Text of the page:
Thus, one embodiment is based on the non-reciprocal phenomenon of total reflection and can be polarization independent and ideally suited for integration. According to Snell's law of optical refraction, total reflection occurs when light propagates from an optically denser medium (with a higher refractive index n1) into another less dense medium (with a lower refractive index n2), and the incident angle θ1 exceeds the critical value θ1C, that is θ1≧θ1C=sin−1 (n2/n1).

As a result, all the incident light is reflected back into the first medium, and the transmitted light is totally blocked. Since n1 is greater than n2, n2 must not be greater than n1. Thus, the total reflection is non-reciprocal and it occurs only when light travels from n1 medium into n2 medium, but never occurs for the reverse direction from n2 medium into n1 medium. Utilizing total reflection, one may build optical isolators 301 a, 301 b, 301 c, 301 d, 301 e, 301 f, 301 g and 301 h. Any combination of suitable branches could constitute as the optical transmission path and can be easily integrated with other opto-electronic devices (e.g. semiconductor devices).

FIGS. 2 a and 2 b represent an optical coupler 302 a and 302 b built by cascading a series of optical isolators 301 e, 301 f and 301 h together (for simplification, the K- and X-Junction type and the optical chokers 1 are not shown). Lights from input ports 18, 20 travel to output port 19. Shown are 2×1 couplers with isolation function. Optical coupler 302 a and 302 b may also be used as polarization beam combiner with isolation because of their polarization independent performance. Optical couplers 302 a and 302 b also work as add-multiplexer to add an extra channel of signal (λj) from port 20 to an existing channel of signals (λ12 . . . ) from input port 18 without interfering each other, and outputs all signals (λ12 . . . λj) from port 19. An N×1 add-multiplexer may be built using the same approach. Moreover, optical couplers 302 a and 302 b also work as an optical inserter (with isolation) for an optical fiber amplifier device with the optical signal connected to port 18, the pump laser connected to port 20, and the output port 19 connected to a fiber amplifier (not shown).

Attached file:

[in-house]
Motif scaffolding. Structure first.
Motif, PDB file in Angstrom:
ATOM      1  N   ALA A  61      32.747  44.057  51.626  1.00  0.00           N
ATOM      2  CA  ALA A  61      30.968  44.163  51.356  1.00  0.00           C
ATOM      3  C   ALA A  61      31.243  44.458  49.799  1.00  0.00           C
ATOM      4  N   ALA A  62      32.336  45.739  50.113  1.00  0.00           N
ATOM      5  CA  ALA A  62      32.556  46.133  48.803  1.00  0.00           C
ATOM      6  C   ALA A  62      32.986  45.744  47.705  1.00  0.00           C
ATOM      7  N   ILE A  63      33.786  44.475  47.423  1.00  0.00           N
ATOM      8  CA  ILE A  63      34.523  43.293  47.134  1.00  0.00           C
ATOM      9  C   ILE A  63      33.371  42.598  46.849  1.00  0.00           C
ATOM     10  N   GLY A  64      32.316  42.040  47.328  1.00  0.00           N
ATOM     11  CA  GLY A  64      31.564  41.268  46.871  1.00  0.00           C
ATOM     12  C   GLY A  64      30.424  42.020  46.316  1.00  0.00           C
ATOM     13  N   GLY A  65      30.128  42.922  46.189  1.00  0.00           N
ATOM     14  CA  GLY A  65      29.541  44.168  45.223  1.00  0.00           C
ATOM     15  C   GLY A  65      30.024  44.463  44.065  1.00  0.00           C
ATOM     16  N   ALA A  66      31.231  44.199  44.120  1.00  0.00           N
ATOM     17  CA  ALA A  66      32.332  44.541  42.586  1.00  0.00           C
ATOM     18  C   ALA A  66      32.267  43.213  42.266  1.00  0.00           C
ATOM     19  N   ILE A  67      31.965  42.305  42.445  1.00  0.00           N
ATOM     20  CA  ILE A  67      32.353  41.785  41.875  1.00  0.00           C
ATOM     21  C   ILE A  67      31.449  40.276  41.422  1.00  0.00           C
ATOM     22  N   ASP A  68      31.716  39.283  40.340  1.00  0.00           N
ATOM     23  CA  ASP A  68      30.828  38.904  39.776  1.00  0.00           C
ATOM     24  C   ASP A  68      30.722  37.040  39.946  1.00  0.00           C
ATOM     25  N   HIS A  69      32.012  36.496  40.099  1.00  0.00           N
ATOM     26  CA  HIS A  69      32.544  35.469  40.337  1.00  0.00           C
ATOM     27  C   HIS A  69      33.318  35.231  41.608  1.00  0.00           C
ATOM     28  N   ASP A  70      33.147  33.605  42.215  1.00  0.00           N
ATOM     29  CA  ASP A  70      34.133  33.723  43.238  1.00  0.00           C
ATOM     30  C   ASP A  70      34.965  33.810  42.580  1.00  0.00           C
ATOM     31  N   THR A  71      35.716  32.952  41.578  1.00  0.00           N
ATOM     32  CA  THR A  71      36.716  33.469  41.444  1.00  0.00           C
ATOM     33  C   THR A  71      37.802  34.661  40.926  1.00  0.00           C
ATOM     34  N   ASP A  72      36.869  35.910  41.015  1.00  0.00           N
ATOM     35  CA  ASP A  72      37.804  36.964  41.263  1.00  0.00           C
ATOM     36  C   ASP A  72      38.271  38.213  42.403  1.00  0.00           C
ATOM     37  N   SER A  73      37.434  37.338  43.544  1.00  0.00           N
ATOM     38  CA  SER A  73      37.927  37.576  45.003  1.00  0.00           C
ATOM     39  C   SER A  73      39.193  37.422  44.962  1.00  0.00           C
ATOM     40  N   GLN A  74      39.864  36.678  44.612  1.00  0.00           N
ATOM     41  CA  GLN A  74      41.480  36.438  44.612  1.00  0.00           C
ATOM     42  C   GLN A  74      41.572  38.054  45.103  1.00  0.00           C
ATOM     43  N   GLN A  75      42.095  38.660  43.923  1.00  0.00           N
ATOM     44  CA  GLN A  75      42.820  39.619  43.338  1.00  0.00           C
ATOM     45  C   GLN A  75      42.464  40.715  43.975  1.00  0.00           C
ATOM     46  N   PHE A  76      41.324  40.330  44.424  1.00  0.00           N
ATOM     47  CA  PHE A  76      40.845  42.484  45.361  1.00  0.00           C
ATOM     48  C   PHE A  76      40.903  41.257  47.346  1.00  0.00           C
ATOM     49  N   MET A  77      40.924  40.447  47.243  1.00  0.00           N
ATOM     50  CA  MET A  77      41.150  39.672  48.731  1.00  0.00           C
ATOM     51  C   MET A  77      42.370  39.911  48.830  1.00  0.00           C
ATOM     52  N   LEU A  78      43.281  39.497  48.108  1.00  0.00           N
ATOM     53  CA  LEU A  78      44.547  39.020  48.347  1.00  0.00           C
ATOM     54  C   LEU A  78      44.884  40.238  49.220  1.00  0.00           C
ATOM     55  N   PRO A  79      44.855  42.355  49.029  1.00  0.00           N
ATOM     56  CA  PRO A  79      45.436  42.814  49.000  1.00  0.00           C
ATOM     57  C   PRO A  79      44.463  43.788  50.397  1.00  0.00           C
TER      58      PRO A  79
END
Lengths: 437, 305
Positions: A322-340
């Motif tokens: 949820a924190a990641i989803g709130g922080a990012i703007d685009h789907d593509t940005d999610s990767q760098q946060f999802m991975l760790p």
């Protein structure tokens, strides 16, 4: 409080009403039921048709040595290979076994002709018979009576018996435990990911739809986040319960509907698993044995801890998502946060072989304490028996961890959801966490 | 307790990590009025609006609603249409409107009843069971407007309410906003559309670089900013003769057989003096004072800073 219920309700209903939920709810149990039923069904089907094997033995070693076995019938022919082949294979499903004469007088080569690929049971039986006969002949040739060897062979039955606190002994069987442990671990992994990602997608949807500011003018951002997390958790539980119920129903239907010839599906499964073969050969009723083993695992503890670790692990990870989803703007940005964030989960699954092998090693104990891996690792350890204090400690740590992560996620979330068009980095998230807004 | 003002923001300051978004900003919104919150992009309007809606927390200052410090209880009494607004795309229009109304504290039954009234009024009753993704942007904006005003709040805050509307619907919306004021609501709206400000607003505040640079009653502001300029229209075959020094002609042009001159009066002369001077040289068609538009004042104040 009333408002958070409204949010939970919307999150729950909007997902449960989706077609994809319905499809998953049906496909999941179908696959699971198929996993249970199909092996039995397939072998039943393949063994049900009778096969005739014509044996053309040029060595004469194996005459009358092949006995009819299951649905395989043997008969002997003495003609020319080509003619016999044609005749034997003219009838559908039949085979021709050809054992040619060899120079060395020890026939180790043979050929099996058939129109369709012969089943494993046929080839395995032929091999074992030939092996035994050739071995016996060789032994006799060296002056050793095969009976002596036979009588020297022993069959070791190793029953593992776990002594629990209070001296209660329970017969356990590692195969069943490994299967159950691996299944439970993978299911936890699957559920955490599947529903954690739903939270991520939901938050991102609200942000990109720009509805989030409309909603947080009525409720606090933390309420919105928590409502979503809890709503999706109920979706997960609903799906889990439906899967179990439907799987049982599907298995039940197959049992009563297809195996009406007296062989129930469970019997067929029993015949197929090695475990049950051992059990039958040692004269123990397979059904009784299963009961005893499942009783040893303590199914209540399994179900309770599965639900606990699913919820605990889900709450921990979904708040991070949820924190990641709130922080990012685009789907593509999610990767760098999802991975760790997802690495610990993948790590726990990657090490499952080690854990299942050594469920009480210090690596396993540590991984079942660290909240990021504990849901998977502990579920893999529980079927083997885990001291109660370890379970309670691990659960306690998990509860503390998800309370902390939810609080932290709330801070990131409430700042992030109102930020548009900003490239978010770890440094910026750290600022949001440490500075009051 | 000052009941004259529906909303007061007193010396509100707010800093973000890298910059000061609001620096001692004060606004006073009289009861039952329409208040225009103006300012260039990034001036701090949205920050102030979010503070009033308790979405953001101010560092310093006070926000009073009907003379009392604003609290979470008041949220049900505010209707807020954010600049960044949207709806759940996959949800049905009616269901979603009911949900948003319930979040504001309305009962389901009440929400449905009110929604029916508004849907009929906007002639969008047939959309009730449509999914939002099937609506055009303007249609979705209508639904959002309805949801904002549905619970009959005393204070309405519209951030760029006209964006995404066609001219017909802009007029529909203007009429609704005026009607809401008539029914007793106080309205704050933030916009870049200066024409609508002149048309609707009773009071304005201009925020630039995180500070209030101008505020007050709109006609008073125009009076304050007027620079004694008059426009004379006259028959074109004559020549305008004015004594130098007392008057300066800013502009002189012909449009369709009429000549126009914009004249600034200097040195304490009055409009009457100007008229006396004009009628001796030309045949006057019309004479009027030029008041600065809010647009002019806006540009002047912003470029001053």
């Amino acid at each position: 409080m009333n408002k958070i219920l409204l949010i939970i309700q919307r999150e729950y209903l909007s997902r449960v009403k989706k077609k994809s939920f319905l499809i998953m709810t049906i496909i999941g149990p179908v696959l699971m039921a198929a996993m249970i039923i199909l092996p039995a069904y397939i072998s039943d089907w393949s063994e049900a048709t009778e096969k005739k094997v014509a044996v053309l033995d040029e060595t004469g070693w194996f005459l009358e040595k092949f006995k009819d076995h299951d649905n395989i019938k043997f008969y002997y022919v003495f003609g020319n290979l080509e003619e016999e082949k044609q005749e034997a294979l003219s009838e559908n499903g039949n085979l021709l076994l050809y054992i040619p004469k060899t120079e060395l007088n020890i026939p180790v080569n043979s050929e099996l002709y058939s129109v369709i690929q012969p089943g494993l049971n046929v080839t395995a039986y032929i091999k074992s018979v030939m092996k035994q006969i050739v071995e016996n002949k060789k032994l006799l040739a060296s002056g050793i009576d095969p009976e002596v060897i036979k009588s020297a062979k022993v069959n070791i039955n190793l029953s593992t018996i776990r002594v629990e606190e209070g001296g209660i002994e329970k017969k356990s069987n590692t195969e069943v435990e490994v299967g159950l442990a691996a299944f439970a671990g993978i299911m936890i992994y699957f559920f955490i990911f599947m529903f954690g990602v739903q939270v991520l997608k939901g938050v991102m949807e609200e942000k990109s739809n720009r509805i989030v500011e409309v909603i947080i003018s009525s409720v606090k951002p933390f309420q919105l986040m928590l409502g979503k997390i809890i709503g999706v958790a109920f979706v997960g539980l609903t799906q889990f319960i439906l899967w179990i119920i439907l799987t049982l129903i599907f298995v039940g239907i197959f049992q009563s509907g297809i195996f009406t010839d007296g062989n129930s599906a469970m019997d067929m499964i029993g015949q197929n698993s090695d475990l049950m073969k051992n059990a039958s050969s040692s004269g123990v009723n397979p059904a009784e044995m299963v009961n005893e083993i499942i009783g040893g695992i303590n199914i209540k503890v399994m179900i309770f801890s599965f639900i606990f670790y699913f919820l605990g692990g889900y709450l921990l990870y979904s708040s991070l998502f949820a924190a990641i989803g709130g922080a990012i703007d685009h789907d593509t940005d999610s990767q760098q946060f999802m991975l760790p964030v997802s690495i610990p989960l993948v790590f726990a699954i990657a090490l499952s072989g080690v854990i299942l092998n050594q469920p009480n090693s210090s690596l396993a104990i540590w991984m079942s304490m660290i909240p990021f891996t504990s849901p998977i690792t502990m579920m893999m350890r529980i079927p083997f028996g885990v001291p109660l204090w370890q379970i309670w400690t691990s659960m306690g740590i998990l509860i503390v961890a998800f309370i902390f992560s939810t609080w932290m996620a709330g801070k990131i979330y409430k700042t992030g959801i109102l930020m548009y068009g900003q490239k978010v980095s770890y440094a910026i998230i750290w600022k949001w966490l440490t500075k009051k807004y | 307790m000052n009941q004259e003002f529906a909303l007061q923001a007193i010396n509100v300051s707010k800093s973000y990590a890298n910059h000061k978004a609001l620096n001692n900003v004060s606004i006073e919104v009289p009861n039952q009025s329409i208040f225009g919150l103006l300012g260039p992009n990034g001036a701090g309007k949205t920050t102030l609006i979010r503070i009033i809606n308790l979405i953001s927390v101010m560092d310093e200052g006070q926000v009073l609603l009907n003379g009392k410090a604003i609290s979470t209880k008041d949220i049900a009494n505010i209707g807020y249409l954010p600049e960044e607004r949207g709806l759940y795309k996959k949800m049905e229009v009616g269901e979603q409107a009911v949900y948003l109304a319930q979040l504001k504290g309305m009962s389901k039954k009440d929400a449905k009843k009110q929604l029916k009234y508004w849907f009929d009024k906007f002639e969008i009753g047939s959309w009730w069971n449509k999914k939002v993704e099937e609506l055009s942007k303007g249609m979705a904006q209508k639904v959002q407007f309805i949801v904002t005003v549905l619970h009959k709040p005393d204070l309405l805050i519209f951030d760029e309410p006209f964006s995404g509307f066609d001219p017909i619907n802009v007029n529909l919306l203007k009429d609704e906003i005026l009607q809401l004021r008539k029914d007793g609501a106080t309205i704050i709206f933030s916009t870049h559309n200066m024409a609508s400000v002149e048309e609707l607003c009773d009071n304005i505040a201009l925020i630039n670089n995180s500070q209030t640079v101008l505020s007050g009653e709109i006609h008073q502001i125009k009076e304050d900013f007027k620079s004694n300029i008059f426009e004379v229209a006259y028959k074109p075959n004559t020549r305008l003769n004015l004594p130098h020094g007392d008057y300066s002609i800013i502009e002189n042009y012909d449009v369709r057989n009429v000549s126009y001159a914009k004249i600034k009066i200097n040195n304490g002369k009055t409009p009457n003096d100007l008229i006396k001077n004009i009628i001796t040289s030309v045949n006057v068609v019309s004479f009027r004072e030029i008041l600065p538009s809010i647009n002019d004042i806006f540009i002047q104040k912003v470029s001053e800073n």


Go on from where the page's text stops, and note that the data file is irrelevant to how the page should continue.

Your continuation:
FIG. 3 depicts an optical circulator 303 built with three optical isolators 301 e, 301 f, and 301 h without absorbers (again for simplification, the K- and X-Junction type and the optical chokers 1 are not shown). Light entering at port 28 travels along and leaves at the next port 29. In a similar manner, light from port 29 may exit port 30, and so on. The circulator 303 is also polarization independent. Optical circulators with 4 or more ports can be built in the same way.

FIG. 4 shows a 2×2 optical coupler 304. It comprises a 2×1 optical coupler 302 a (or 302 b) and a Y-splitter. Light coming from ports 18 and 20 travels to the output ports 19 and 21. Shown is a 2×2 optical coupler with isolation among the input ports and output ports. In principle, an N×M optical coupler with isolation may even be built.